My work forms a kind of diary throughout a specific period of time, difficult or calm. They are “memoirs of disintegration”, but they are also a record of recovery and reconstruction after disintegration. My work is motivated by secret thoughts and private experience, some trite and banal, some complex and glorious, but all of it obsessively recorded. The secret things are the most difficult for the artist and the viewer. Perhaps, for this reason, the investigation is most rewarding.
The implicit secrecy of diary-type projects brings about an additional complication to the question “What is this work about?” Both literary and visual diaries are the result of a kind of compulsion. The urge to record, in some form, is so overpowering and the desperation to “get it on paper” so conspicuous, that one may justifiably ask if the work is even intended for a viewer to decipher. Like much autobiographical work, a visual diary can transform private experiences in a manner that is relevant for both author and viewer.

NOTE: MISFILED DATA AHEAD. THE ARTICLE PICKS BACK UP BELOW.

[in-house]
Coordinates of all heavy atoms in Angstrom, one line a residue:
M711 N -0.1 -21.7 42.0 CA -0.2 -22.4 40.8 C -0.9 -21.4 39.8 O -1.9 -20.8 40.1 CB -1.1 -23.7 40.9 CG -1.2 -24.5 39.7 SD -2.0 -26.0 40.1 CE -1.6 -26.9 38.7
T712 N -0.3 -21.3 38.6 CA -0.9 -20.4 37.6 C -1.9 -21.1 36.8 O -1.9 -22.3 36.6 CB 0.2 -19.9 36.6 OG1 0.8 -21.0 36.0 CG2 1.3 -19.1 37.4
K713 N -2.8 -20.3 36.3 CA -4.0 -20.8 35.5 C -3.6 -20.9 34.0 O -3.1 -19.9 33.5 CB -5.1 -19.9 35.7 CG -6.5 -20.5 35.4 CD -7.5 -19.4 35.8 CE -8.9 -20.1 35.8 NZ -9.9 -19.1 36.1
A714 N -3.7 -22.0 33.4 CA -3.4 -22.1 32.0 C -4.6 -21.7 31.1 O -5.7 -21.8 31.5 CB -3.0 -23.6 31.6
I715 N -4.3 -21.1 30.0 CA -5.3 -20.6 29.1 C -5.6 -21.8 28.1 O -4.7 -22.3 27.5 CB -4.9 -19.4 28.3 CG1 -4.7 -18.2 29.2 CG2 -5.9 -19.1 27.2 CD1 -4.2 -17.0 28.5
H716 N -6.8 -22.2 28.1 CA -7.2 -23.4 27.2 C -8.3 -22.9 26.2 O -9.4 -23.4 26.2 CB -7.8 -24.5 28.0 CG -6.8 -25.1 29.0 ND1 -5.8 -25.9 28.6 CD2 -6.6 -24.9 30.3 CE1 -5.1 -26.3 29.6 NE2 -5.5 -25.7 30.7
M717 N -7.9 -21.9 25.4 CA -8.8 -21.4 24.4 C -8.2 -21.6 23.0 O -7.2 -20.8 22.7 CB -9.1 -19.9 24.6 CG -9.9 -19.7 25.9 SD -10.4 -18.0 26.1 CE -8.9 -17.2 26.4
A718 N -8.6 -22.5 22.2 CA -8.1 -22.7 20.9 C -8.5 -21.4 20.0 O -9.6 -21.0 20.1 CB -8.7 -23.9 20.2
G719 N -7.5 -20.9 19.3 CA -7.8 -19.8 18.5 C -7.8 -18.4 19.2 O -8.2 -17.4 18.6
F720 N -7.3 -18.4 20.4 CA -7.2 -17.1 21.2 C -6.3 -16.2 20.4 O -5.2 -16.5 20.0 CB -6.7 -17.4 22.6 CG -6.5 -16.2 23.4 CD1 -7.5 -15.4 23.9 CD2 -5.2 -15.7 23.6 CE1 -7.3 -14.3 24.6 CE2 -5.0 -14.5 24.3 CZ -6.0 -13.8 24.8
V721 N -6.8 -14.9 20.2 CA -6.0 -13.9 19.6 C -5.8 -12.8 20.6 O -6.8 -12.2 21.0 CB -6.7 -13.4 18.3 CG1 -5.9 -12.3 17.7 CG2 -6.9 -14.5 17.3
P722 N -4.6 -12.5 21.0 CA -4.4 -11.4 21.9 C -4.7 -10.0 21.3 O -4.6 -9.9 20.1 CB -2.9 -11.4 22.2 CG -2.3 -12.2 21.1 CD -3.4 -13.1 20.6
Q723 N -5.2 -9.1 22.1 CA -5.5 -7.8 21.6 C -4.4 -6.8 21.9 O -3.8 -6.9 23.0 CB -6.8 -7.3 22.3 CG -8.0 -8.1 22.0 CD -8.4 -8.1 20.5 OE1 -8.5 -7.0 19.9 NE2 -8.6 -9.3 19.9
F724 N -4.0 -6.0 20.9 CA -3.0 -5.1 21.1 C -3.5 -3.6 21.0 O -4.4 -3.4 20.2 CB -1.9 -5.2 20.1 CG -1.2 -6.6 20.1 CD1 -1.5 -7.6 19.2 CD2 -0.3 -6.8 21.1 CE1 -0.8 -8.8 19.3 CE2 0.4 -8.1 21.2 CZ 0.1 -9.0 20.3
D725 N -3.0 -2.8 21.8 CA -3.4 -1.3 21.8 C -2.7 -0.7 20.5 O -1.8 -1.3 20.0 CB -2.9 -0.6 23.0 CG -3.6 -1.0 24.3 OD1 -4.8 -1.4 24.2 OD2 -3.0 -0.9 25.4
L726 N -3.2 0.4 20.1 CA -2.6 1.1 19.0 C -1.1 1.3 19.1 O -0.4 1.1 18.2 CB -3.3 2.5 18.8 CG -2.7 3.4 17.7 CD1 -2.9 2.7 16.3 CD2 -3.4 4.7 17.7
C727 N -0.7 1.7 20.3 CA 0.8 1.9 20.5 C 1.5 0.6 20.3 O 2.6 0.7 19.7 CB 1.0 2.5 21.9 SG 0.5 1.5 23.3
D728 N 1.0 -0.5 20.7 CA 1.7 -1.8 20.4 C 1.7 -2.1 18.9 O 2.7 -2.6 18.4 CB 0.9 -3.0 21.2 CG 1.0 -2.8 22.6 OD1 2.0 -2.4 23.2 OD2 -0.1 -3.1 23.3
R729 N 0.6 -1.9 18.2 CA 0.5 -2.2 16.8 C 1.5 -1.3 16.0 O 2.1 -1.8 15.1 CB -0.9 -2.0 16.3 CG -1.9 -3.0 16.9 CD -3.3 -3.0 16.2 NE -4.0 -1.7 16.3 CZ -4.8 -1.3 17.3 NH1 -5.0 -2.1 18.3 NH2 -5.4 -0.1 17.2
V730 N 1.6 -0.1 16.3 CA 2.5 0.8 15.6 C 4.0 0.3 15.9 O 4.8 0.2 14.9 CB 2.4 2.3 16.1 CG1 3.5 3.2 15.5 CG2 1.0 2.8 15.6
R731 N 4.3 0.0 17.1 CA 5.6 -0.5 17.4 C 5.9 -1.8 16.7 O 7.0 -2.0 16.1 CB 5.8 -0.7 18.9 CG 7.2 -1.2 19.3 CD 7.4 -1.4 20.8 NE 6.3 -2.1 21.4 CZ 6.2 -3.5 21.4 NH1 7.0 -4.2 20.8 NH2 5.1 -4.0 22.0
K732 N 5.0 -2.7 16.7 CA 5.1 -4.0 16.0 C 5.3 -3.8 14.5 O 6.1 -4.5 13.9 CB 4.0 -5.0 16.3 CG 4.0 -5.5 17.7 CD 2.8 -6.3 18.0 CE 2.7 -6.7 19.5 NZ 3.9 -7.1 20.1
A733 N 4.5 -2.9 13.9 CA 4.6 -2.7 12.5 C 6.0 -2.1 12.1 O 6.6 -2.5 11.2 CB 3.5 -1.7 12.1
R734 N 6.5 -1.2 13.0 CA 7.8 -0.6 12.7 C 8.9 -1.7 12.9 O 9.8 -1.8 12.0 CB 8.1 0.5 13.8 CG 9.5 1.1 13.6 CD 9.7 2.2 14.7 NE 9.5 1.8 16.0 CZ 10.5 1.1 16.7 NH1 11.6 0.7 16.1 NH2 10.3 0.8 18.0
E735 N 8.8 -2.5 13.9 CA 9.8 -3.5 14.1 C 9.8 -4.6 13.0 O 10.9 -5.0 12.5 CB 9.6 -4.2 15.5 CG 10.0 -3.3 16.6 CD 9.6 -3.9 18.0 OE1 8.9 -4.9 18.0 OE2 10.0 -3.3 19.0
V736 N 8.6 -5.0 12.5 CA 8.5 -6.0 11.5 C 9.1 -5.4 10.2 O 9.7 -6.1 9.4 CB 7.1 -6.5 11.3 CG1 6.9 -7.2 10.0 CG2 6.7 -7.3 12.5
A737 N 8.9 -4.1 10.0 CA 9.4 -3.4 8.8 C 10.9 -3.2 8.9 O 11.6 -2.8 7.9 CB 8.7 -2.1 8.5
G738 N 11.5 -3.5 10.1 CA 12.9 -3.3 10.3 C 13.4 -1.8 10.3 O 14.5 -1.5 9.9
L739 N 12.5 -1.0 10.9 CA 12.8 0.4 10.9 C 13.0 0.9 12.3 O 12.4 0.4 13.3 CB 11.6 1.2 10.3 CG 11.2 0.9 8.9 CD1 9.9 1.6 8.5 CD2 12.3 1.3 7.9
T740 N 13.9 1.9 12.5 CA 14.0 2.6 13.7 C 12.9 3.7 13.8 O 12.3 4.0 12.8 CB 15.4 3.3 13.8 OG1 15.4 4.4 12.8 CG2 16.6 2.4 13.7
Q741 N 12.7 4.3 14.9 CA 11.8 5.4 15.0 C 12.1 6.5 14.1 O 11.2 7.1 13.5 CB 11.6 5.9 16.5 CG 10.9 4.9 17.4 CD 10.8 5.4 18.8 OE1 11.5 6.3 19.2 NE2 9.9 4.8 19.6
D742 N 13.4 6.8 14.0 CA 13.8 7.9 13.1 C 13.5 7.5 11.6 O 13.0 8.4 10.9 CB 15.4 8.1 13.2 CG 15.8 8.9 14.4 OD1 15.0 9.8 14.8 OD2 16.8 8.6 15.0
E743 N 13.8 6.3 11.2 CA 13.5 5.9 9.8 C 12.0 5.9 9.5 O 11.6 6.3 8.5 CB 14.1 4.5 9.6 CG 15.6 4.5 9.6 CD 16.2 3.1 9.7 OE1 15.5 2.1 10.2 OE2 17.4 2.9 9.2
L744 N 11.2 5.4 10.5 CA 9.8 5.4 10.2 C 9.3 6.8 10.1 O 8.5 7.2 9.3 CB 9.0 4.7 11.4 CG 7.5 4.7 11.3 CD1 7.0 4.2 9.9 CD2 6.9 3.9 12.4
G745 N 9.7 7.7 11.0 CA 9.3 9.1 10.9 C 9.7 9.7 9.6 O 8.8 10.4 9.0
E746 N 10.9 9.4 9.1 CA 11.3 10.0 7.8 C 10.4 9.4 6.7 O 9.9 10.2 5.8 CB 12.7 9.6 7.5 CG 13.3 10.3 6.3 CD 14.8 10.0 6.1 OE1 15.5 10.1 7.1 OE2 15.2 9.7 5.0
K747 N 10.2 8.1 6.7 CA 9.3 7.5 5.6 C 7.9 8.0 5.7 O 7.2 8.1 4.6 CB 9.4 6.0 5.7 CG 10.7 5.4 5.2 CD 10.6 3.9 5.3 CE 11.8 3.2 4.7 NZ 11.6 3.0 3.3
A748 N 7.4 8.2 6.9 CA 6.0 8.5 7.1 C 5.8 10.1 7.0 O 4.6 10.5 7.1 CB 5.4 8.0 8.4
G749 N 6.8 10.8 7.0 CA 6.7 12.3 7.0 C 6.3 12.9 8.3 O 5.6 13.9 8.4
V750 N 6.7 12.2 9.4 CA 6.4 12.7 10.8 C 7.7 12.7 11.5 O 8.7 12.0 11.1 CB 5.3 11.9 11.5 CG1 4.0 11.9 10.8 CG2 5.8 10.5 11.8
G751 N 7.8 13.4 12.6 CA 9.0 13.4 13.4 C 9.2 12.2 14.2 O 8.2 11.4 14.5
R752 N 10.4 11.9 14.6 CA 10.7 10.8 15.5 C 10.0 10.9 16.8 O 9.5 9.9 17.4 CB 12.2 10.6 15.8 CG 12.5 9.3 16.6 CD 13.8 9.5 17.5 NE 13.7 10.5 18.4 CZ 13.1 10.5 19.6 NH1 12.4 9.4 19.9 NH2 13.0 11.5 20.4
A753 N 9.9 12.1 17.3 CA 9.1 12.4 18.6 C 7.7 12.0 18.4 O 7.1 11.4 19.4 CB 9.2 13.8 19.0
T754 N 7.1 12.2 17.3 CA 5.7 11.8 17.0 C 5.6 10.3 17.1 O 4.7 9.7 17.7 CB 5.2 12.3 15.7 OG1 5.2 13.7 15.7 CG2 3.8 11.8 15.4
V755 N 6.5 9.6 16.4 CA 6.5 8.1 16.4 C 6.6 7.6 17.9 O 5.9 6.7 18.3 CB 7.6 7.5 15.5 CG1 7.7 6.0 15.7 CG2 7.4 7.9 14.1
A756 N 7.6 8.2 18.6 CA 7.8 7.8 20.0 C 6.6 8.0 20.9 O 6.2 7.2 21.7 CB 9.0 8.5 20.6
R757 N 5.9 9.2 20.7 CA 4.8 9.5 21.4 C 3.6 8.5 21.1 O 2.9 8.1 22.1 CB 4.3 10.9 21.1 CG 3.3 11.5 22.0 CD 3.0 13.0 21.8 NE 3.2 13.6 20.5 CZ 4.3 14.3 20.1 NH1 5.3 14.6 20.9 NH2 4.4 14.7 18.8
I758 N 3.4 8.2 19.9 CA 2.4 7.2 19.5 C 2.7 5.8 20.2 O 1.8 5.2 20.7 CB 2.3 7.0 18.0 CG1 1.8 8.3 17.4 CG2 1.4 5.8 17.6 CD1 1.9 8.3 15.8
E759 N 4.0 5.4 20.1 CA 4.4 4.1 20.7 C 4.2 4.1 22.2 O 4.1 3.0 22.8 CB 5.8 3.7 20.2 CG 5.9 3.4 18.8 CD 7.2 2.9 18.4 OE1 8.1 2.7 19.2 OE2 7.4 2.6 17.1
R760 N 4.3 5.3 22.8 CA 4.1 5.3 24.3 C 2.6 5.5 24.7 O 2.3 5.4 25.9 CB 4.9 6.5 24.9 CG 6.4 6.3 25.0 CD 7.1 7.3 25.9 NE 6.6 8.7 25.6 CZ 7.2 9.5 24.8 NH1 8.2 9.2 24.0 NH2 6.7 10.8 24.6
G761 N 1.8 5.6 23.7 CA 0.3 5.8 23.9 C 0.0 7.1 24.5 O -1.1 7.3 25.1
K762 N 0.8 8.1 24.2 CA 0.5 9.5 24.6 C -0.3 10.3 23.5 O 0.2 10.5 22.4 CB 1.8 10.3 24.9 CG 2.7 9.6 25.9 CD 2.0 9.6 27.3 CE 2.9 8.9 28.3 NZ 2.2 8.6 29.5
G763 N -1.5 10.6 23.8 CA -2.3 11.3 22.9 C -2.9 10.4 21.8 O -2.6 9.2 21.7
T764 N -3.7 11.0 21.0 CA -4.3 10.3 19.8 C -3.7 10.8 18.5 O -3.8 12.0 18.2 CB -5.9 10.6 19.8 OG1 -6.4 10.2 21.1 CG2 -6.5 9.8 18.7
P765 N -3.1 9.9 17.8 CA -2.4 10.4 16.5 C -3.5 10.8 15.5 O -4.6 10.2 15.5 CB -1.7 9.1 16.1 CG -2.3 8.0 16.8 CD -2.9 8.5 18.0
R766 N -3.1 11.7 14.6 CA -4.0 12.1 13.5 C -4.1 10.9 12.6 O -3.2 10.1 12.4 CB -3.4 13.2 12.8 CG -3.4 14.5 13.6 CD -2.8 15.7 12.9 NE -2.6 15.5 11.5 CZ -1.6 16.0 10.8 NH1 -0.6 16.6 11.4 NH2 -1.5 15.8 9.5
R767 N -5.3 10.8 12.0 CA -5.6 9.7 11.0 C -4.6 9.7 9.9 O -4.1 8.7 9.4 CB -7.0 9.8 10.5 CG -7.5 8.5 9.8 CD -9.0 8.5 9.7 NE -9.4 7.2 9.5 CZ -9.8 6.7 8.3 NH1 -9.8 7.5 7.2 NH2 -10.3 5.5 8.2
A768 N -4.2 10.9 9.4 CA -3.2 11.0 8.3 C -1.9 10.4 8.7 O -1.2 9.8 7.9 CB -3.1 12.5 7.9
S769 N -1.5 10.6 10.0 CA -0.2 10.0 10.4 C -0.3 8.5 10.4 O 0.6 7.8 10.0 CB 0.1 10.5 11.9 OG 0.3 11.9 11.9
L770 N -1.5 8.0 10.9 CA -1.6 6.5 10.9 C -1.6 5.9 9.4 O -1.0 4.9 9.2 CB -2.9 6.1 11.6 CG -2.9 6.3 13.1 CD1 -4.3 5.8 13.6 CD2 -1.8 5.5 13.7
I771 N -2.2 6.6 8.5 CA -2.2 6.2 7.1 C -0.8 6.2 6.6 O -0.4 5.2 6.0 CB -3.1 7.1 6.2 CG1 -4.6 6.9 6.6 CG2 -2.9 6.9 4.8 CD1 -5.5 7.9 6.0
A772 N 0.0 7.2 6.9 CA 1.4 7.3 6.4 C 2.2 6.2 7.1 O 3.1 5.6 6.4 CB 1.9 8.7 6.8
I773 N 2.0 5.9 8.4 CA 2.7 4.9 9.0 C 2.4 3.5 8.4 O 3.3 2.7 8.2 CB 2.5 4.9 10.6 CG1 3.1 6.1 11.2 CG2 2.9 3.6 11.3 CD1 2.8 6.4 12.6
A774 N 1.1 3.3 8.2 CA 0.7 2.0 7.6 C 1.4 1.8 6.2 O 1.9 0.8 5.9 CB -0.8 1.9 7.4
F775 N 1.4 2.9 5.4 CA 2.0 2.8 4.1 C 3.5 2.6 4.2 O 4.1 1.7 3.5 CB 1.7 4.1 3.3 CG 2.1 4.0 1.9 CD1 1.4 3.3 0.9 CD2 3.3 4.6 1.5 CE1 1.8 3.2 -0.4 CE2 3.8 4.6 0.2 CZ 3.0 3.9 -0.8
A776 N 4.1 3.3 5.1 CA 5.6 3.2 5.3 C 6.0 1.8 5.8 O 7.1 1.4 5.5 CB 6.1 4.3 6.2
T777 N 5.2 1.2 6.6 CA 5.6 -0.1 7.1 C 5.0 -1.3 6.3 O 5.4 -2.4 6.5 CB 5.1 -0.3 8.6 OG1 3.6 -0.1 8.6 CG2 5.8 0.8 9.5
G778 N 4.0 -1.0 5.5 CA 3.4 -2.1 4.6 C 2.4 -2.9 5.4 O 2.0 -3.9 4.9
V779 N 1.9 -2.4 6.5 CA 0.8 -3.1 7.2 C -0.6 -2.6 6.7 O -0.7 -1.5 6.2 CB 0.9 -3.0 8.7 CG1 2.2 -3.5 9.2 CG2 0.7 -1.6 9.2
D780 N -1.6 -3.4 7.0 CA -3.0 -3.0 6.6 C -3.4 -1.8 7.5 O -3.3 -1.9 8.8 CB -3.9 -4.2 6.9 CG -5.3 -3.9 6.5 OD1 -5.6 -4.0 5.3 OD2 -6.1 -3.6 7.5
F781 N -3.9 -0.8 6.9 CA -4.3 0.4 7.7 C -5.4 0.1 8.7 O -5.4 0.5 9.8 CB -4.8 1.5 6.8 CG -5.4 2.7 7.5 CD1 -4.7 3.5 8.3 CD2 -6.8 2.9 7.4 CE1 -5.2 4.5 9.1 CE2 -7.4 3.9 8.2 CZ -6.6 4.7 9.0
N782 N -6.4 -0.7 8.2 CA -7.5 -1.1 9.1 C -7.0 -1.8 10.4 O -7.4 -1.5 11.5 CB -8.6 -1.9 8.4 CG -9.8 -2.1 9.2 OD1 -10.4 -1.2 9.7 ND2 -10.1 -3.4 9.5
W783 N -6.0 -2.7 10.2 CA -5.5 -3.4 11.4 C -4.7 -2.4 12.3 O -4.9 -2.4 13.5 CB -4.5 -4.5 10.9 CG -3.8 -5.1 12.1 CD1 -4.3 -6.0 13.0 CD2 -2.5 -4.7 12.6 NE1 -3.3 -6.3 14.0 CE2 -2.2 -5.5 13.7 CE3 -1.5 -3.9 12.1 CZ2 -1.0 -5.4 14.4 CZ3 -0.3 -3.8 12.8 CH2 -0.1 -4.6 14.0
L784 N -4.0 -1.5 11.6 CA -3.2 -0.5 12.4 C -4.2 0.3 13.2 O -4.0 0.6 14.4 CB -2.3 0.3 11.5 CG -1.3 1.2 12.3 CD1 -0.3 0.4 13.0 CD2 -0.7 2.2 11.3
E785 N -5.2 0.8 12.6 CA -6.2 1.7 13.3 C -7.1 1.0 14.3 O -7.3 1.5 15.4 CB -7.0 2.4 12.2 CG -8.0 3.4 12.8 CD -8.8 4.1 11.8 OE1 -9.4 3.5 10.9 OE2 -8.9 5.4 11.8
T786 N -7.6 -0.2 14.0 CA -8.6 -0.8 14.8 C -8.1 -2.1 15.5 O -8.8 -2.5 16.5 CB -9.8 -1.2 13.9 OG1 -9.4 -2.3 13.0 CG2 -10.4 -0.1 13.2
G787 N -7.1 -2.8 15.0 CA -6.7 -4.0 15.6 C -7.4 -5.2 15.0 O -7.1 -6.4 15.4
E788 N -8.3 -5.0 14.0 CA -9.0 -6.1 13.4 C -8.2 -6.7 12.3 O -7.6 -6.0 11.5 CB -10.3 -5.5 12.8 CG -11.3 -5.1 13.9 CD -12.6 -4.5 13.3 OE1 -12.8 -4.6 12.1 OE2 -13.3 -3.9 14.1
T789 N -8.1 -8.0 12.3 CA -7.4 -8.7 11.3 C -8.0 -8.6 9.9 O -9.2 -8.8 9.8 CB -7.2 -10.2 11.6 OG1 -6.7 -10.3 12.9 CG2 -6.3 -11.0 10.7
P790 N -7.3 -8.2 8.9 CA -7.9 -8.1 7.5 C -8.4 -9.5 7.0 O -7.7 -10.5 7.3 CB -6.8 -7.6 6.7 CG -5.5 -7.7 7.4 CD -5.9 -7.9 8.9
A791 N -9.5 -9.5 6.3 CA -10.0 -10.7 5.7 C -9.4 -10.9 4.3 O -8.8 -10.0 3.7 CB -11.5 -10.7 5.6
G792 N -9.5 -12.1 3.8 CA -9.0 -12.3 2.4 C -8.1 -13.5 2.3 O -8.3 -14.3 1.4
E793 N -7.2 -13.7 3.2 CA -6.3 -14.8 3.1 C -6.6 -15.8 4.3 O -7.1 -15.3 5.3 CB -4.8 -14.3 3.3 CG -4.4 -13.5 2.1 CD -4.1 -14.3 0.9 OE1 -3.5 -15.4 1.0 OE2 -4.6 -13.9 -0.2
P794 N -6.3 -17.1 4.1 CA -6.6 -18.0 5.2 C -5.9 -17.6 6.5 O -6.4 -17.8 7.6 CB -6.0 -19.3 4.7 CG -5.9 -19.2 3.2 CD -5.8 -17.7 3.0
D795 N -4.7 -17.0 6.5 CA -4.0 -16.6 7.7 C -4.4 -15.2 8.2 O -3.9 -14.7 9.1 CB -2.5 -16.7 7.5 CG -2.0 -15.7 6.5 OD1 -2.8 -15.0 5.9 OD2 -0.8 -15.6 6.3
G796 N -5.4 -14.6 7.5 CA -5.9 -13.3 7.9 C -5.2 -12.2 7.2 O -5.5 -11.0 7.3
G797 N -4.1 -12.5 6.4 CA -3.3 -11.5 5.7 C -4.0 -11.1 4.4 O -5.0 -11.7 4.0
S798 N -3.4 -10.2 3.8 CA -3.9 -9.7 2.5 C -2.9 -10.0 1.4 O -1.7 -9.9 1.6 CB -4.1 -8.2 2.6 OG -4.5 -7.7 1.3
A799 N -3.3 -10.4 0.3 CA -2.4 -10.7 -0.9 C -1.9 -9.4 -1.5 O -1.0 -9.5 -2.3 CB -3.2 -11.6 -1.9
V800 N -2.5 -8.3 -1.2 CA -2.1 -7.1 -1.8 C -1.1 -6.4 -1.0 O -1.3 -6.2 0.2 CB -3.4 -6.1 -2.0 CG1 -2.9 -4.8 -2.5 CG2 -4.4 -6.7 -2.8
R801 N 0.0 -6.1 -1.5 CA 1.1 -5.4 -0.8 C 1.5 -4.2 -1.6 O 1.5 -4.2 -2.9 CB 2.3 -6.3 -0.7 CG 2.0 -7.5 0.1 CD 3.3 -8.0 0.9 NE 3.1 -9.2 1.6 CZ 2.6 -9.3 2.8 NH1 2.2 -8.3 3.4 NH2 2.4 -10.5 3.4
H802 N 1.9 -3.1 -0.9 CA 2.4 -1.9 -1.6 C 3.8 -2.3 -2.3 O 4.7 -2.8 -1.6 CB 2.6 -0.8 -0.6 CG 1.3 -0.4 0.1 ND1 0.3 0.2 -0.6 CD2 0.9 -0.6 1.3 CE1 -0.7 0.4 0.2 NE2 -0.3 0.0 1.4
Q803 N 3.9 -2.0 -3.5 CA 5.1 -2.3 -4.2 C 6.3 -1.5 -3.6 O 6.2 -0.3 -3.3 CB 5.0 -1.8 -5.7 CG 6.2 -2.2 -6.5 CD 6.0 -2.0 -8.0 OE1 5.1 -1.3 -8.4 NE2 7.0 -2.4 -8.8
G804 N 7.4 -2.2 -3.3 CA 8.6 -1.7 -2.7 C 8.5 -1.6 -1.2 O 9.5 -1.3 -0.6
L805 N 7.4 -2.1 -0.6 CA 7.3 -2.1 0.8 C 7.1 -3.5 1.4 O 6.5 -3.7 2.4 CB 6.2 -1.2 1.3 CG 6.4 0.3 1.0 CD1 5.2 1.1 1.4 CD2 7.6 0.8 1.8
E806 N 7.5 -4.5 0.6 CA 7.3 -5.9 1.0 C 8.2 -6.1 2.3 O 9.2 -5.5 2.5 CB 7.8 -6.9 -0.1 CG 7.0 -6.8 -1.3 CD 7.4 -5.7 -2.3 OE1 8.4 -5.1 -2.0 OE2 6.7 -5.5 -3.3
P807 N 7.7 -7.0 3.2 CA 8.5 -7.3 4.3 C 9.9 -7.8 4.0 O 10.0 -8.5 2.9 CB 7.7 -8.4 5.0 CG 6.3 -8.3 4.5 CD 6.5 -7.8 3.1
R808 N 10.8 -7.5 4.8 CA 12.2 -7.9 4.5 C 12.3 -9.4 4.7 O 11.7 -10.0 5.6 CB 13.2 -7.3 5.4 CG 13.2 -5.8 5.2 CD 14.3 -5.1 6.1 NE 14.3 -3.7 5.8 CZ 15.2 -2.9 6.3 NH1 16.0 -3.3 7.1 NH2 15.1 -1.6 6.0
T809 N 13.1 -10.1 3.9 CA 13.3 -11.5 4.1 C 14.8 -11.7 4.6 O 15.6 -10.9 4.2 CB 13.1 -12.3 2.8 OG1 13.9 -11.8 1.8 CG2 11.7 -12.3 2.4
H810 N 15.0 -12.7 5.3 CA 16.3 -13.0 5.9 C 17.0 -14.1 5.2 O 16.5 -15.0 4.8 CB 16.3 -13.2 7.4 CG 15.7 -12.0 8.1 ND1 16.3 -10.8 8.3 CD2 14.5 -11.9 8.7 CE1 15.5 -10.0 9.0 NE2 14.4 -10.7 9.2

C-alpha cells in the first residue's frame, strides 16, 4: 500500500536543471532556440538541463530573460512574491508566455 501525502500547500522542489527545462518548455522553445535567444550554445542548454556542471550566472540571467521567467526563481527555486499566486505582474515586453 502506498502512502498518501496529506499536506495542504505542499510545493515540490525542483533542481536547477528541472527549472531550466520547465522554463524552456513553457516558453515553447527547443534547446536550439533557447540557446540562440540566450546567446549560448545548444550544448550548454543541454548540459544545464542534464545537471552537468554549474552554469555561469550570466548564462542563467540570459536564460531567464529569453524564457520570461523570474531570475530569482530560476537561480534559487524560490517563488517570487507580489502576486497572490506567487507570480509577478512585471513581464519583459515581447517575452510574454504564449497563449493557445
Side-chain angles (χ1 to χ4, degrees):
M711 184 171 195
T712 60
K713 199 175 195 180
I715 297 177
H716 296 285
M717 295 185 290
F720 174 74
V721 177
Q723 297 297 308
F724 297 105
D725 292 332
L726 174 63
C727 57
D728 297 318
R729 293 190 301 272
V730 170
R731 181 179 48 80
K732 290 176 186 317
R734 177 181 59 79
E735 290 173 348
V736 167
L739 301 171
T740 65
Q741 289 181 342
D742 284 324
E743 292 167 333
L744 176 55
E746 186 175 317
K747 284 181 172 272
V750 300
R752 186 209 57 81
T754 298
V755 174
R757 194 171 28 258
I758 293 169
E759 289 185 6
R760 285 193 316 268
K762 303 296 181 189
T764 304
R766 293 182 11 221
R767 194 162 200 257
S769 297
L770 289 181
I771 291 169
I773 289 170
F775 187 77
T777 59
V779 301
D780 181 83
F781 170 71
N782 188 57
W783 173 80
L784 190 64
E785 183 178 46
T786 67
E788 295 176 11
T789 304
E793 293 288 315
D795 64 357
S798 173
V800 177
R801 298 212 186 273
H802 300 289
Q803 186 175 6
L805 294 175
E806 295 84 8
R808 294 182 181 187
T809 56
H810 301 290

My work is often deceptively simple, with linear, near-universal forms such as circles, ellipses, vessels, and leaves, as well as some forms posing as hieroglyphics. Arranged in sequences like the syntax of a secret language, or the poetic notations of an autistic architect, they appear amid vaporous mists of color. Together they comprise something like a dream, or maybe the schematic of a dream. In my work, seemingly random forms are actually engaged in a dialog with each other and also with the viewer. Their placement is conversational, where they can only be deciphered through imagination.
I use these symbols as a means to search for an order, but not an order with specific systems and constraints. I look for an order that is true to depicting the experience. There is a systematic space in my work, but at the same time, an uncertainty within the space. The use of lines and planes accomplish this uncertainty; this type of framework depletes the very inference of the structure. I want no measurable point related to these forms. Instead, they indicate constant flux. It is my ultimate goal to create a work of art that is not beautiful, but something that remains as a true experience as felt.